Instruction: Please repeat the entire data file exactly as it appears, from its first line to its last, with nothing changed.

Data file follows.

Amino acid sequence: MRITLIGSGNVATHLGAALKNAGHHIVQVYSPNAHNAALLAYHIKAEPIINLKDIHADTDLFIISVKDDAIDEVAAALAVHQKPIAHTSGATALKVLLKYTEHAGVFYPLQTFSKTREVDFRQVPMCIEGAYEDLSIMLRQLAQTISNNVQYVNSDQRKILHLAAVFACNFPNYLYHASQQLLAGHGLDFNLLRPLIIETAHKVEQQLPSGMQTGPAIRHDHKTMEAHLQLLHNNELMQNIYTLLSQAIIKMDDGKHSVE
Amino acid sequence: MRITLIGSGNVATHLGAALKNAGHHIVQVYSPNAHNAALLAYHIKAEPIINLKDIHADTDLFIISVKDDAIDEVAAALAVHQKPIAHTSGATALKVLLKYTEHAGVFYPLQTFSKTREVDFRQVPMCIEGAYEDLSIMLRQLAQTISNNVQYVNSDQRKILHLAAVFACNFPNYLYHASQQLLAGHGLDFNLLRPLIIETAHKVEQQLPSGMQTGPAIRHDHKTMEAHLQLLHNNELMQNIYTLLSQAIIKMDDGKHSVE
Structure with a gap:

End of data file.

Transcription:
Amino acid sequence: MRITLIGSGNVATHLGAALKNAGHHIVQVYSPNAHNAALLAYHIKAEPIINLKDIHADTDLFIISVKDDAIDEVAAALAVHQKPIAHTSGATALKVLLKYTEHAGVFYPLQTFSKTREVDFRQVPMCIEGAYEDLSIMLRQLAQTISNNVQYVNSDQRKILHLAAVFACNFPNYLYHASQQLLAGHGLDFNLLRPLIIETAHKVEQQLPSGMQTGPAIRHDHKTMEAHLQLLHNNELMQNIYTLLSQAIIKMDDGKHSVE
Amino acid sequence: MRITLIGSGNVATHLGAALKNAGHHIVQVYSPNAHNAALLAYHIKAEPIINLKDIHADTDLFIISVKDDAIDEVAAALAVHQKPIAHTSGATALKVLLKYTEHAGVFYPLQTFSKTREVDFRQVPMCIEGAYEDLSIMLRQLAQTISNNVQYVNSDQRKILHLAAVFACNFPNYLYHASQQLLAGHGLDFNLLRPLIIETAHKVEQQLPSGMQTGPAIRHDHKTMEAHLQLLHNNELMQNIYTLLSQAIIKMDDGKHSVE
Structure with a gap: